Blogger: Craig Roth
I'm putting the final touches on a research document called "Thriving with Slashed Budgets: A Framework for Saving Costs While Meeting Needs" and my thoughts have turned to hemlines. Yes, there is a connection. Have you ever seen the 1960's sci-fi classic "The Time Machine", based on the book by H.G. Wells? There's a famous bit of special effects where the time traveler watches the hemlines of models in a store window rise and fall as time speeds by. It's an anachronism to a certain extent since this 1800's person is noticing something that wasn't brought to the public consciousness until 1926 when economist George Taylor published his “hemline index” theory, which showed a correlation between the state of the economy and women’s hemlines.
The connection here is that the hemline index is a good analogy for how fads in loose spending give way to fiscal conservatism in an endless boom-and-bust cycle. Perhaps a telling measure today is the acceptable location on a cost justification continuum that measures the "hardness" of the justification (see below). In good economic times, projects requiring cost justification get by with lower levels of “hard” proof of their value. However, in tight economic conditions CFOs demand more cost justification and push the degree of hardness further to the right. Those projects that breezed through reviews in better times with soft justification are running into a difficult challenge now that budgets are tighter. Being asked to retroactively prove the value of a system with large sunk costs is a difficult position to be in.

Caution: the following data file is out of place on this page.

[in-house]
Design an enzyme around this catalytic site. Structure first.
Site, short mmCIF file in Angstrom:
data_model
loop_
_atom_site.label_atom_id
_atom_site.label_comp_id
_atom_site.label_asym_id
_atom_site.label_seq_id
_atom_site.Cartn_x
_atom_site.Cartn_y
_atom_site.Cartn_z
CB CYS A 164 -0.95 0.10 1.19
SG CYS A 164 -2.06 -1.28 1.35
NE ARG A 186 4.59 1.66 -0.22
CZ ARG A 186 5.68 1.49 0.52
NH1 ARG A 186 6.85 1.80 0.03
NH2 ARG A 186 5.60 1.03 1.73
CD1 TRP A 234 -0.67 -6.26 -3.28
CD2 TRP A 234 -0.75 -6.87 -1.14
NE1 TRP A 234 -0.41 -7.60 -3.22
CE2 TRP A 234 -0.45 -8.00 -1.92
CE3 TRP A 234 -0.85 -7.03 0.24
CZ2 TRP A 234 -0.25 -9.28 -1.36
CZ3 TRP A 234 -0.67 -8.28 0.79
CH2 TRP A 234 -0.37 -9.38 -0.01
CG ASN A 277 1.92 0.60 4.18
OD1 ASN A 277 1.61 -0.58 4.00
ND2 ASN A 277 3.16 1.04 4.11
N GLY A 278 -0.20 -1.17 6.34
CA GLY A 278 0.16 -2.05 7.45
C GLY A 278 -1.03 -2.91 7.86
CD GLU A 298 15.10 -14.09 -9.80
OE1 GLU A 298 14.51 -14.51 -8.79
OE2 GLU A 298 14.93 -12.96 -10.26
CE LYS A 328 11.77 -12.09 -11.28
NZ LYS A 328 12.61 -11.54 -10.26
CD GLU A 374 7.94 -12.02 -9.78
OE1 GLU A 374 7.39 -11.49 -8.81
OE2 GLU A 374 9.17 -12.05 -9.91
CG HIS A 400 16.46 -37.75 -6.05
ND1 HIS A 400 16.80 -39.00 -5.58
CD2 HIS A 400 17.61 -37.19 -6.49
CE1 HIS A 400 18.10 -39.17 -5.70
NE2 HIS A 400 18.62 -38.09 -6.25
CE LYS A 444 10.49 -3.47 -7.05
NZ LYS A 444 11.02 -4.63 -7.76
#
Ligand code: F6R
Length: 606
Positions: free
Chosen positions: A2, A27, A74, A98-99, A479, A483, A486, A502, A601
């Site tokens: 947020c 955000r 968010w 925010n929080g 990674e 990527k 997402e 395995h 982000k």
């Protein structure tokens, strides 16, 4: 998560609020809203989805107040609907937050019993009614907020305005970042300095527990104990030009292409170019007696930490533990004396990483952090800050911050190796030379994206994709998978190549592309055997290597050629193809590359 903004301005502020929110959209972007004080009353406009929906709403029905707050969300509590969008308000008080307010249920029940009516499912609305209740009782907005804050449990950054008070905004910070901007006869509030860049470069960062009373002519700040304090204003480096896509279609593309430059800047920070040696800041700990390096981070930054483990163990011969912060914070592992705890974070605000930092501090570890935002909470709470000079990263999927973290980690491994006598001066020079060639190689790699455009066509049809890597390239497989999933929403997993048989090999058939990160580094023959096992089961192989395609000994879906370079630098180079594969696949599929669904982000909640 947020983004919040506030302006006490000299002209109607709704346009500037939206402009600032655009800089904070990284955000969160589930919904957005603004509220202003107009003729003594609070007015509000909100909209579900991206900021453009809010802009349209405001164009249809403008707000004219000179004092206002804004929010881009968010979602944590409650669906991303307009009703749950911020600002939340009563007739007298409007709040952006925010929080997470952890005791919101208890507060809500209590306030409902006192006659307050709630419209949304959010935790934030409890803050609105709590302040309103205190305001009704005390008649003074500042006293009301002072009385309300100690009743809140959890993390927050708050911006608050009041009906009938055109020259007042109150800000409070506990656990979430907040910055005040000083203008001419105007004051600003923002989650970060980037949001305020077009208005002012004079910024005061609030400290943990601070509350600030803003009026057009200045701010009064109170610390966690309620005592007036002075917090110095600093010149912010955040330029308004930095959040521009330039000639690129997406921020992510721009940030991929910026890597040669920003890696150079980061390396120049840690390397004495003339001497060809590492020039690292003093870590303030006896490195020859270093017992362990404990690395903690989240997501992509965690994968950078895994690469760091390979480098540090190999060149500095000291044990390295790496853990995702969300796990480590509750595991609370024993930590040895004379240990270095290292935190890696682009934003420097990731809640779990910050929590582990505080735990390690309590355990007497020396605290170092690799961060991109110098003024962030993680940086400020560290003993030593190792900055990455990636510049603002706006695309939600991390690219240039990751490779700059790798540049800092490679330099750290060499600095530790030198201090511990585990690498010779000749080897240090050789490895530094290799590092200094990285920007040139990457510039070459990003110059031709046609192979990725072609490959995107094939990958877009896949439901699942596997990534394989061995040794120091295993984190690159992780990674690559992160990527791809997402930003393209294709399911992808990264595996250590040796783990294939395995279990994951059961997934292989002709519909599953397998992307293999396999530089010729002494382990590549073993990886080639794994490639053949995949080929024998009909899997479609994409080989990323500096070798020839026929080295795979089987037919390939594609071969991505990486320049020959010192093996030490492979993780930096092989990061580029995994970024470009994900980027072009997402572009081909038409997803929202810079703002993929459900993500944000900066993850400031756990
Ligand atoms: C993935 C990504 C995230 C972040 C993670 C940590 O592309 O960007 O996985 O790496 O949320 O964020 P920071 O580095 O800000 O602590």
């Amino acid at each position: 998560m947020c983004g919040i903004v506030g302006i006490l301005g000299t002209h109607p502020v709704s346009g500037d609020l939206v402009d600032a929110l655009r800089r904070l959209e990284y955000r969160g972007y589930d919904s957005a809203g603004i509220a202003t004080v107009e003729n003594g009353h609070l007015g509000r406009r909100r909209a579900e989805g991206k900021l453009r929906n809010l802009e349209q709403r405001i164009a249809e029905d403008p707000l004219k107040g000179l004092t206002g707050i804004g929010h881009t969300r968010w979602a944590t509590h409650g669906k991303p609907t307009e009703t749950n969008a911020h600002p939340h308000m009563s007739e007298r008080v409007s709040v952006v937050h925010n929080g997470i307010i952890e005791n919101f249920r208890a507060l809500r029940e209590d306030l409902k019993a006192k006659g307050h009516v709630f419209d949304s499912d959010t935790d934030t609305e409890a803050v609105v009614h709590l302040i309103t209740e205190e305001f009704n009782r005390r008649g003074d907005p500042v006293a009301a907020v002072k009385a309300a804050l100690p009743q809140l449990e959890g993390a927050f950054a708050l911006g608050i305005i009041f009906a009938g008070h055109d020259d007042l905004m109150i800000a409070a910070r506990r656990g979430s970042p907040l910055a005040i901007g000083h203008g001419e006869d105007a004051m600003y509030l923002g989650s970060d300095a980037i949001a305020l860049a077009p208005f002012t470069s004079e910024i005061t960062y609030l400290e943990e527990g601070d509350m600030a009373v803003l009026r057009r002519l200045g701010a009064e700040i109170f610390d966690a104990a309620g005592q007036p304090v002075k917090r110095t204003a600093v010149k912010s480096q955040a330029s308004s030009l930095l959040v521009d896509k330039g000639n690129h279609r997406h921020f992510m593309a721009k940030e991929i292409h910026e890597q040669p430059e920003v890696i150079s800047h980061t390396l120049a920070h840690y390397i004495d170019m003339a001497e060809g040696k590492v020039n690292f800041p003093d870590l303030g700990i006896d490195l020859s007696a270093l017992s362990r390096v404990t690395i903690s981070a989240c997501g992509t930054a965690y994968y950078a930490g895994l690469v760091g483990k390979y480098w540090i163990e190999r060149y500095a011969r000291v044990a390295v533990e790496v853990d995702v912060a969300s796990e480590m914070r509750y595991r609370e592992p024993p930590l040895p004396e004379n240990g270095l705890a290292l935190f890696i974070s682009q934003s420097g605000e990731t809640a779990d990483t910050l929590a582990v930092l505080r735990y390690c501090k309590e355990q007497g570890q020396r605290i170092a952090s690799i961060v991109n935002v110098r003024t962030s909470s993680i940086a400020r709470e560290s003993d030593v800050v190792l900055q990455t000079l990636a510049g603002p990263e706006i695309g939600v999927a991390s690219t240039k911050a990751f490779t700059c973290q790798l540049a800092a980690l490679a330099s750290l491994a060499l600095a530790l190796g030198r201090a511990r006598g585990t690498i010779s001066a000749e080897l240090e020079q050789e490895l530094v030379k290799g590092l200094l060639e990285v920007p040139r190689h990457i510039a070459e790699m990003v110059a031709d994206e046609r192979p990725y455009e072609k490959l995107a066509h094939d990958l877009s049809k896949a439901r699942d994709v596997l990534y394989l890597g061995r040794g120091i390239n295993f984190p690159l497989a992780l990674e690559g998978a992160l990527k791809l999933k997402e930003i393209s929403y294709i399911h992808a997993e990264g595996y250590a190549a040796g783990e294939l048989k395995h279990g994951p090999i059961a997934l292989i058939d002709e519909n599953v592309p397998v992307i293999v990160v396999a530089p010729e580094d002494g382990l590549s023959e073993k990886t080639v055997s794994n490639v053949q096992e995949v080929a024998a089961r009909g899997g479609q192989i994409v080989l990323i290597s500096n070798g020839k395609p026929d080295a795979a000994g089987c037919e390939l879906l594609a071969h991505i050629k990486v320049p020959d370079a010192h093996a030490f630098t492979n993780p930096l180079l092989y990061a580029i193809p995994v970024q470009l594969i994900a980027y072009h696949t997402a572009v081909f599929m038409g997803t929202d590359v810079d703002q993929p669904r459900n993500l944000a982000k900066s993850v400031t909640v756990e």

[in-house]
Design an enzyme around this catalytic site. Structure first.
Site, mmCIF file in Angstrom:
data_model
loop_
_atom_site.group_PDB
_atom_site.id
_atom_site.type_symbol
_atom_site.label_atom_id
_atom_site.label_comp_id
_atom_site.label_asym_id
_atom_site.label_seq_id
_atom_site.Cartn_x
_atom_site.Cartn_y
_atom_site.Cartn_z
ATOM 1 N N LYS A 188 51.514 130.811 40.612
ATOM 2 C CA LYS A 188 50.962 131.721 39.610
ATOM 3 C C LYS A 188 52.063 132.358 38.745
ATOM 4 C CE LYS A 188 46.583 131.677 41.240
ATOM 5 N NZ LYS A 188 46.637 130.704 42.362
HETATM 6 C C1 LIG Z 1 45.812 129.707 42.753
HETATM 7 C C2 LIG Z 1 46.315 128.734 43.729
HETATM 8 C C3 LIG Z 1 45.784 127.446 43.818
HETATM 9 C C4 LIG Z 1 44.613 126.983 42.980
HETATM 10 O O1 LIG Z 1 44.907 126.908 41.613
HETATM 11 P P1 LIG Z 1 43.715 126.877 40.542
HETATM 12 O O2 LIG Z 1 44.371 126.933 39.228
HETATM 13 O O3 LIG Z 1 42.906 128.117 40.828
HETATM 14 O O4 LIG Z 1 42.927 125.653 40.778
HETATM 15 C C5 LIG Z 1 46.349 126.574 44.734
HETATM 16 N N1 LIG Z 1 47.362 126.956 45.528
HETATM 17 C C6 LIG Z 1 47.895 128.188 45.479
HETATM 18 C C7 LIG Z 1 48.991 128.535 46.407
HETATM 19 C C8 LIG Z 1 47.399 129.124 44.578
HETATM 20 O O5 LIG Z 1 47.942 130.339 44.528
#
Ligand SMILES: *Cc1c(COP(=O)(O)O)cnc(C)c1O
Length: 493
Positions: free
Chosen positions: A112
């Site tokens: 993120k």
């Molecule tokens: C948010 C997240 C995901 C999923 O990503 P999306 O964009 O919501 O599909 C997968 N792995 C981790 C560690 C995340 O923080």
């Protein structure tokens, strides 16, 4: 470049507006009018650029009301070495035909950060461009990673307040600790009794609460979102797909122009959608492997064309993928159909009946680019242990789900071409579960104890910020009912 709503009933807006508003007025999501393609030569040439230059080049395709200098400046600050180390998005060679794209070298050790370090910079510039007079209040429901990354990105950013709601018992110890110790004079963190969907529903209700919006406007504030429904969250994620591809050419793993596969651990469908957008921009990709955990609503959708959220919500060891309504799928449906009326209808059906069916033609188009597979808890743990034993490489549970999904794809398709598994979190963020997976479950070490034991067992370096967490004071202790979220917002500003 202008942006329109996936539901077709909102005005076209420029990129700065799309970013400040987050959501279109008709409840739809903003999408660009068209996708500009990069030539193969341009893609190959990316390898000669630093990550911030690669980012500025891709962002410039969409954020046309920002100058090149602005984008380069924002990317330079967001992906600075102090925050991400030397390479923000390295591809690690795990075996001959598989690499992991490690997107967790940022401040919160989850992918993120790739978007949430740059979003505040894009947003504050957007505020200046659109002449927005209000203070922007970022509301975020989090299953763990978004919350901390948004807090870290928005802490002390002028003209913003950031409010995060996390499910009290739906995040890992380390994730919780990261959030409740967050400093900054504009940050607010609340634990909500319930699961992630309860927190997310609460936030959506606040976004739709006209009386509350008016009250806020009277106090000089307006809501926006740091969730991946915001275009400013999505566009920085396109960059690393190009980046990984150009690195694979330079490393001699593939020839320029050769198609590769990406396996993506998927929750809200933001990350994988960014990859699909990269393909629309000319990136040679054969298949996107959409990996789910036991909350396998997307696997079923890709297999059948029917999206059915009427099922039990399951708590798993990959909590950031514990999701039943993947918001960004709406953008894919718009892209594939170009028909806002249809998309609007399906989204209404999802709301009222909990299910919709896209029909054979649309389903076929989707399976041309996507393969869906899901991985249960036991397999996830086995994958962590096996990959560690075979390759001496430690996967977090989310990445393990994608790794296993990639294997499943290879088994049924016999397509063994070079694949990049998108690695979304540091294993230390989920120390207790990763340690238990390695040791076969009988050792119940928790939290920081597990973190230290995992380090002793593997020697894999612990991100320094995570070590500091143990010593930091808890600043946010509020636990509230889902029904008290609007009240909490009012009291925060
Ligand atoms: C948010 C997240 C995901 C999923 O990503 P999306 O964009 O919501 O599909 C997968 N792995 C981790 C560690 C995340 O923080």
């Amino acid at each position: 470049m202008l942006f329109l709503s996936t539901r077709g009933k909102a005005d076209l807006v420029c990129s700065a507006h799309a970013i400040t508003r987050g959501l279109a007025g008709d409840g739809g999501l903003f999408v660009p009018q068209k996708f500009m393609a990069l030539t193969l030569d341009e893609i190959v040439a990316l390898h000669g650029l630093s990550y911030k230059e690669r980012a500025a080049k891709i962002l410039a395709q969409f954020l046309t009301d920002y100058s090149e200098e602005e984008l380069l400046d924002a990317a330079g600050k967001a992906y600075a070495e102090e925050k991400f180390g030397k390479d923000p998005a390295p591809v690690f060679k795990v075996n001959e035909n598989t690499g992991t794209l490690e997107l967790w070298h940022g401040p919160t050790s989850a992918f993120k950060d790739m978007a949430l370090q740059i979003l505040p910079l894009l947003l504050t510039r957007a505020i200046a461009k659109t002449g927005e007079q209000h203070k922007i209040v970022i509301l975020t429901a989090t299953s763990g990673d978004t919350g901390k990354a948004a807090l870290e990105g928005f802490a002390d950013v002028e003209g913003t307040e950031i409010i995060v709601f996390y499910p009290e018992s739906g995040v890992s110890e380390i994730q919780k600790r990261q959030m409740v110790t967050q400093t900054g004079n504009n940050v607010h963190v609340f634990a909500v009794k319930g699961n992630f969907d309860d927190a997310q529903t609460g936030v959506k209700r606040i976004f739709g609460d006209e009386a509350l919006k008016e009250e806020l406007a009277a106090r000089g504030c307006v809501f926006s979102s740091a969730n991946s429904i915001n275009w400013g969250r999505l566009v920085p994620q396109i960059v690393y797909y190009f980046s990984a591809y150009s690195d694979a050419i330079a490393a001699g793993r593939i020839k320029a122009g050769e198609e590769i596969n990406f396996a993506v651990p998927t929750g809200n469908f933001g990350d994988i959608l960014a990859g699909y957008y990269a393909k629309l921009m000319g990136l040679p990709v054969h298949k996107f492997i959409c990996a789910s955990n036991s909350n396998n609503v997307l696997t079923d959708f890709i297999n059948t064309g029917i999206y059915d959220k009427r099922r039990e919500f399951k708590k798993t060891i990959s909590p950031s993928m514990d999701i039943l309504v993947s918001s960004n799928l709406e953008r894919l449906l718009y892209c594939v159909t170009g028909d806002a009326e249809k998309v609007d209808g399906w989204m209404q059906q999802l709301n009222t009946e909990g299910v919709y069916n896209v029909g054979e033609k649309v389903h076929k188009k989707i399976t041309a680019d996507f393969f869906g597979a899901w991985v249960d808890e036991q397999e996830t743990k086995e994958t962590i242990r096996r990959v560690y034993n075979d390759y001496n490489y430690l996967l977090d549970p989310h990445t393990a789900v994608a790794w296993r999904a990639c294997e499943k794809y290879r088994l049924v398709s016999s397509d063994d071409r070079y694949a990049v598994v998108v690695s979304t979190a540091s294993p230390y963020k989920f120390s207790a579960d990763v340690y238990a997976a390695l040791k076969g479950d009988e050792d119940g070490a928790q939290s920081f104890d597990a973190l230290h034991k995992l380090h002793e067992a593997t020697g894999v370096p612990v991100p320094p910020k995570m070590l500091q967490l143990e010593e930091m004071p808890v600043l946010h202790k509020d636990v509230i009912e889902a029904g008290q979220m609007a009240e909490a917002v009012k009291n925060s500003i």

Note: It seems I also referred to "The Time Machine" in a recent blog posting. I described an underclass of workers that toils in oppressive conditions to enable a seemingly perfect technology future for the beautiful people as "information morlocks". To clarify, time machines are not part of my coverage area and I don't expect to be writing more about "The Time Machine" anytime soon.
Note: This is a cross-posting from the KnowledgeForward blog.